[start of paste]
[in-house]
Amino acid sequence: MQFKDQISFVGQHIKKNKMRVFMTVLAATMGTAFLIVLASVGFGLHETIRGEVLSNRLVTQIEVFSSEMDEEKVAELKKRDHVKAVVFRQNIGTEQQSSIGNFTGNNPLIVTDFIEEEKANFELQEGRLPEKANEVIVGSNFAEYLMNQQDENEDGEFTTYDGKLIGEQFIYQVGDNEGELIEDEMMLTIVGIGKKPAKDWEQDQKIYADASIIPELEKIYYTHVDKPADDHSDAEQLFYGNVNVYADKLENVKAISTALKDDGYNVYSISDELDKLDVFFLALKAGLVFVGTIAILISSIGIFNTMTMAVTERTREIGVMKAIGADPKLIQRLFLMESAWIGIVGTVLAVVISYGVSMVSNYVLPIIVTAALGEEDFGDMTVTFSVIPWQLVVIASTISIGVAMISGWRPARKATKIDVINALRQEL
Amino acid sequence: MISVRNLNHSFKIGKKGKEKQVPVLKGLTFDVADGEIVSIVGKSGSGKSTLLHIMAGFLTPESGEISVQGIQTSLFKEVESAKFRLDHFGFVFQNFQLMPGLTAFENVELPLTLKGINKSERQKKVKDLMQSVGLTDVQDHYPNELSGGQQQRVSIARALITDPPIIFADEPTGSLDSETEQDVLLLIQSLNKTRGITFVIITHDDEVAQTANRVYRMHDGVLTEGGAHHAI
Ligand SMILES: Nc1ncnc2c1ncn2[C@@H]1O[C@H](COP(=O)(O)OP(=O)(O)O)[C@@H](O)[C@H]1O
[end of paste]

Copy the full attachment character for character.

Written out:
[in-house]
Amino acid sequence: MQFKDQISFVGQHIKKNKMRVFMTVLAATMGTAFLIVLASVGFGLHETIRGEVLSNRLVTQIEVFSSEMDEEKVAELKKRDHVKAVVFRQNIGTEQQSSIGNFTGNNPLIVTDFIEEEKANFELQEGRLPEKANEVIVGSNFAEYLMNQQDENEDGEFTTYDGKLIGEQFIYQVGDNEGELIEDEMMLTIVGIGKKPAKDWEQDQKIYADASIIPELEKIYYTHVDKPADDHSDAEQLFYGNVNVYADKLENVKAISTALKDDGYNVYSISDELDKLDVFFLALKAGLVFVGTIAILISSIGIFNTMTMAVTERTREIGVMKAIGADPKLIQRLFLMESAWIGIVGTVLAVVISYGVSMVSNYVLPIIVTAALGEEDFGDMTVTFSVIPWQLVVIASTISIGVAMISGWRPARKATKIDVINALRQEL
Amino acid sequence: MISVRNLNHSFKIGKKGKEKQVPVLKGLTFDVADGEIVSIVGKSGSGKSTLLHIMAGFLTPESGEISVQGIQTSLFKEVESAKFRLDHFGFVFQNFQLMPGLTAFENVELPLTLKGINKSERQKKVKDLMQSVGLTDVQDHYPNELSGGQQQRVSIARALITDPPIIFADEPTGSLDSETEQDVLLLIQSLNKTRGITFVIITHDDEVAQTANRVYRMHDGVLTEGGAHHAI
Ligand SMILES: Nc1ncnc2c1ncn2[C@@H]1O[C@H](COP(=O)(O)OP(=O)(O)O)[C@@H](O)[C@H]1O